State/Location of residency: PA
Type of high school: large public
Gender/Race/Ethnicity: south asian female
Other special factors (first generation to college, legacy, athlete, etc.): none
Intended Major(s): biology or writing
GPA, Rank, and Test Scores
Unweighted HS GPA: 4.00
Weighted HS GPA: 4.59/4
Class Rank: 9/823
ACT/SAT Scores: 1580 SAT
Took 7 AP tests, 5 on all, 4 more this year
Awards (intentionally kept vague): here are the 10 awards I listed for my MIT app: 3 competitive (15% acceptance rate) science research programs, 2 international writing awards, 1 national writing award, science olympiad awards, 2 state debate awards, 2 national science writing awards (NO olympiads, AIME, etc.)
4 activites for MIT app: highest leadership position at national organization, independent research, writing club w/ self-published book, personal project with national media recognition
Work: research intern at T10
Summer activities: research programs (see awards)
Cost Constraints / Budget: N/
Please chance me for MIT, thank you so much!!
It is very difficult to chance students for a top university such as MIT. You certainly are competitive for admissions and qualified to attend. Unfortunately the same could be said for perhaps 85% of applicants.
MIT does not admit by major, so your intended major will not matter in terms of admissions. I do wonder about the “or writing” part of your intended major given that MIT is not known for writing.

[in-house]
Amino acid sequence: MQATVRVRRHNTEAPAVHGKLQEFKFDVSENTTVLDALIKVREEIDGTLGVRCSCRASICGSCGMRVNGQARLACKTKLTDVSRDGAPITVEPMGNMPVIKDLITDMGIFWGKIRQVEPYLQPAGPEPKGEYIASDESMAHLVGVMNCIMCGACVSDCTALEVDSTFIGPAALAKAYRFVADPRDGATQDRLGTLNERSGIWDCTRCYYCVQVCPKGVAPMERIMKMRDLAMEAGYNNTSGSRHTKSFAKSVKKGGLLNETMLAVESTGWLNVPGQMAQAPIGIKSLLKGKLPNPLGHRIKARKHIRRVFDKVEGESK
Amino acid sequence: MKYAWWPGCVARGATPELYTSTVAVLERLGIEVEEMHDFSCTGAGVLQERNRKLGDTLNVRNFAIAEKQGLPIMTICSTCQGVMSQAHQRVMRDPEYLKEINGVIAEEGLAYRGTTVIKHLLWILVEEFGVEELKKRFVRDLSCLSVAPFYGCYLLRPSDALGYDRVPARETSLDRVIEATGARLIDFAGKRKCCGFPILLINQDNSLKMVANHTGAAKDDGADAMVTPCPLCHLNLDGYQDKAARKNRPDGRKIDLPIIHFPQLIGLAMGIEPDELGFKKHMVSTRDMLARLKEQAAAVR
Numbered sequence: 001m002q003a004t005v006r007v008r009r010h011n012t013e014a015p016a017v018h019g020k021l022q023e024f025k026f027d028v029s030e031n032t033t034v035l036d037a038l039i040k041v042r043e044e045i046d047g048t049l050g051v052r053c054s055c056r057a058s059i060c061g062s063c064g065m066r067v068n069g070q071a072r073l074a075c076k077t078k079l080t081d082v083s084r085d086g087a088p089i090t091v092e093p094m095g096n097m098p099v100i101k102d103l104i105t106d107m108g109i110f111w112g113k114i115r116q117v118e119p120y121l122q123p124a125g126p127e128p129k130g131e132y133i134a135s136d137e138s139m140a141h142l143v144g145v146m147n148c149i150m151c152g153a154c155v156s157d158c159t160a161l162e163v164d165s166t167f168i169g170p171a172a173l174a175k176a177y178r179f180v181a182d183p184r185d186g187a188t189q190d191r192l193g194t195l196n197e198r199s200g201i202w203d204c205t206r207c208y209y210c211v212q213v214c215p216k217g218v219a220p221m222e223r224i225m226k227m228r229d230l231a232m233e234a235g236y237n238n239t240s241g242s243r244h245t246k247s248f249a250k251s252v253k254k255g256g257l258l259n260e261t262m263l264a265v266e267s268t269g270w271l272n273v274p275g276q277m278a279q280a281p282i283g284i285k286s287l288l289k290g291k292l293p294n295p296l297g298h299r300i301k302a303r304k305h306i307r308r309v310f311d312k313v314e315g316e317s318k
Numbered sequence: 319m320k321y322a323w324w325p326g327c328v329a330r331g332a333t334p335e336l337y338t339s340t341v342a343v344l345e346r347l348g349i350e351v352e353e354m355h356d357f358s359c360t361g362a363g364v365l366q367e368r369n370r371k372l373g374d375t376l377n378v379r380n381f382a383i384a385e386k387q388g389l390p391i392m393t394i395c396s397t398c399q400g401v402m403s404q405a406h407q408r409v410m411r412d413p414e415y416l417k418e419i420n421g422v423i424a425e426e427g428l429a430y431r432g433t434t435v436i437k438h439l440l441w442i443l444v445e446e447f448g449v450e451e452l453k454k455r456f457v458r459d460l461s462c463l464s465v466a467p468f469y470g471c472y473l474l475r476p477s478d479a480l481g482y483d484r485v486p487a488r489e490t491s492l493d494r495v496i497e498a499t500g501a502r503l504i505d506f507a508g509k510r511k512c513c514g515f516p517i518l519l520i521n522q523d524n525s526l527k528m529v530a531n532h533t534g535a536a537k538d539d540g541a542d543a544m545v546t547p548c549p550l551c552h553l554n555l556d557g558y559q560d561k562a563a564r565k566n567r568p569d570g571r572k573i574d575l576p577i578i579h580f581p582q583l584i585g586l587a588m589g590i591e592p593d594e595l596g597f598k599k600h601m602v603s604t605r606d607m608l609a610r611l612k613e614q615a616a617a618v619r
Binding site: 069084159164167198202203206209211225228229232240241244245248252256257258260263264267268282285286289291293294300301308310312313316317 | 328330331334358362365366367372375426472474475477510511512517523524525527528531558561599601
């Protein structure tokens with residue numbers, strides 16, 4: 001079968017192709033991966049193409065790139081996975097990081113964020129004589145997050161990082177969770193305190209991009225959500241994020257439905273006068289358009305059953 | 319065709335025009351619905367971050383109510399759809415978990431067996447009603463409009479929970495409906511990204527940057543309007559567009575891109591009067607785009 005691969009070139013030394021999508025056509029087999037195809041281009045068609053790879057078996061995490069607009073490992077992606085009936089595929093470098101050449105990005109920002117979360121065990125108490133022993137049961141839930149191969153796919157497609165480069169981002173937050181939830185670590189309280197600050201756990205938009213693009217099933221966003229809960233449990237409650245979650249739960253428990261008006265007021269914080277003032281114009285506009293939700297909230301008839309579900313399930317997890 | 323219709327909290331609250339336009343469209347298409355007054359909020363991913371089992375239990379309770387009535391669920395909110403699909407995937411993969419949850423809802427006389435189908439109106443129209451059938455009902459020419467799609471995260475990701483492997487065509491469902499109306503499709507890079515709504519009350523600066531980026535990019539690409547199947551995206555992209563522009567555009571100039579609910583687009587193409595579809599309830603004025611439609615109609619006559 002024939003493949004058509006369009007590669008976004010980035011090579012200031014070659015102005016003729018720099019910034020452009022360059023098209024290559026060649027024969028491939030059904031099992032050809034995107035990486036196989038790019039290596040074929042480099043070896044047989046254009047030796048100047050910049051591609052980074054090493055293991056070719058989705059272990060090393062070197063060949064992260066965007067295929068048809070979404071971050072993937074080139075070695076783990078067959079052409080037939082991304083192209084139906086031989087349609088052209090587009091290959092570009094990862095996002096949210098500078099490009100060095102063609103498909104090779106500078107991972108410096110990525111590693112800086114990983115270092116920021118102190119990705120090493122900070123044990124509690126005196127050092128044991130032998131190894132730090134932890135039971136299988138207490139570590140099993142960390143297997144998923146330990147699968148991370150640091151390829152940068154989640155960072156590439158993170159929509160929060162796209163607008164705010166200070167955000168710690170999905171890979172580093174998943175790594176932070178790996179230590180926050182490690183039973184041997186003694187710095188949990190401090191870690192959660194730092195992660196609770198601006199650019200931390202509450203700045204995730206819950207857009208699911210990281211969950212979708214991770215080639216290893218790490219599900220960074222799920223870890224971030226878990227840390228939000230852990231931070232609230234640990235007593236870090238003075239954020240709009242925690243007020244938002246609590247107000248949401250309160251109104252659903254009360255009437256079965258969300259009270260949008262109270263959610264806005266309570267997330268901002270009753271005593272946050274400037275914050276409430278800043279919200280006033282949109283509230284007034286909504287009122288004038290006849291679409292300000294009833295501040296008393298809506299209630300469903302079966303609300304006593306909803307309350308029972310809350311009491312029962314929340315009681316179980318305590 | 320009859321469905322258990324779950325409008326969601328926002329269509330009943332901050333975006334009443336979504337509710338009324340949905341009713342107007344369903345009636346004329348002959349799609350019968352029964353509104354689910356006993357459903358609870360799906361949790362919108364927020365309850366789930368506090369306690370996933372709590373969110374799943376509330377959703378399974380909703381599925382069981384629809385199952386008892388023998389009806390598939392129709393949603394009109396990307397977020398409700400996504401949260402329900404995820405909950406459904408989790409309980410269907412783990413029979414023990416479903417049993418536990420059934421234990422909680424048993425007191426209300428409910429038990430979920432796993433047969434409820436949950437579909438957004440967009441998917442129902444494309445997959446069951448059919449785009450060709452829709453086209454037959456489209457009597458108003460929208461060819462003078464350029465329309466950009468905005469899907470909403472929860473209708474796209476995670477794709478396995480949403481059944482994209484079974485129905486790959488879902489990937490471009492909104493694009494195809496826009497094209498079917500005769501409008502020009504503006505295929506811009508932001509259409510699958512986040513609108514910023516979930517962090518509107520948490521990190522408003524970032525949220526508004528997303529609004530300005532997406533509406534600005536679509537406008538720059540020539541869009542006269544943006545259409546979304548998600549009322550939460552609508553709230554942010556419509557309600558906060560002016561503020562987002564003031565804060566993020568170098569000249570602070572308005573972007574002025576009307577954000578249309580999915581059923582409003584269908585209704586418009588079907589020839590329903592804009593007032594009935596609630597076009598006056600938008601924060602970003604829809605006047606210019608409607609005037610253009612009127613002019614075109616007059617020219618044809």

MIT does not consider legacy status, and has rather mediocre athletic teams. Having neither of these should not matter. Being Asian might hurt a little bit, but being female might help a little bit, so I think that these balance out. Having nothing but A’s through high school will help. Your SAT is superb (I attended MIT with what was probably the same math score but a much lower English score). You have quite a few APs and have apparently been keeping up the straight A’s even through your many AP classes. Your research experience is also likely to help.
Overall I think that you are a very strong candidate for MIT, but so are most other applicants. I think that your chances for admissions are probably not very much different from the overall acceptance rate. I might wildly guess that your chances are better than the 4% acceptance rate, but you definitely need to apply to safeties.
Also, given how well you have done up to now, I think that you are likely to do well regardless of where you go for university.
Please be kind to yourself, and get off CC until after results are out. There is truly nothing that you can learn from anybody here.
You already know that you have excelled at everything that you have control over, and that you have ticked all the boxes.
You have done enough math to understand that a 5% acceptance rate means that 95% of the applicants will be told ‘no’.
And, if you have read the MIT admissions blogs you have already read this:
But what if you don’t get into MIT?
Well, you may be disappointed. But you learned everything you could, so now you’re smarter; you were a positive member of your community, and you made people happy; and you spent high school doing not what you thought you had to do to get into a selective college, but what you wanted to do more than anything else in the world. In other words, you didn’t waste a single solitary second of your time.
So go do something worthy of your time and energy. Do something physical. Do something to help somebody who needs it.
I think CC needs to make a sticky about “Chance Me” questions. Your response actually sums it up very well.
Excellent students, excellent stats and test results are minimum requirements.
The unknown are ECs and essays.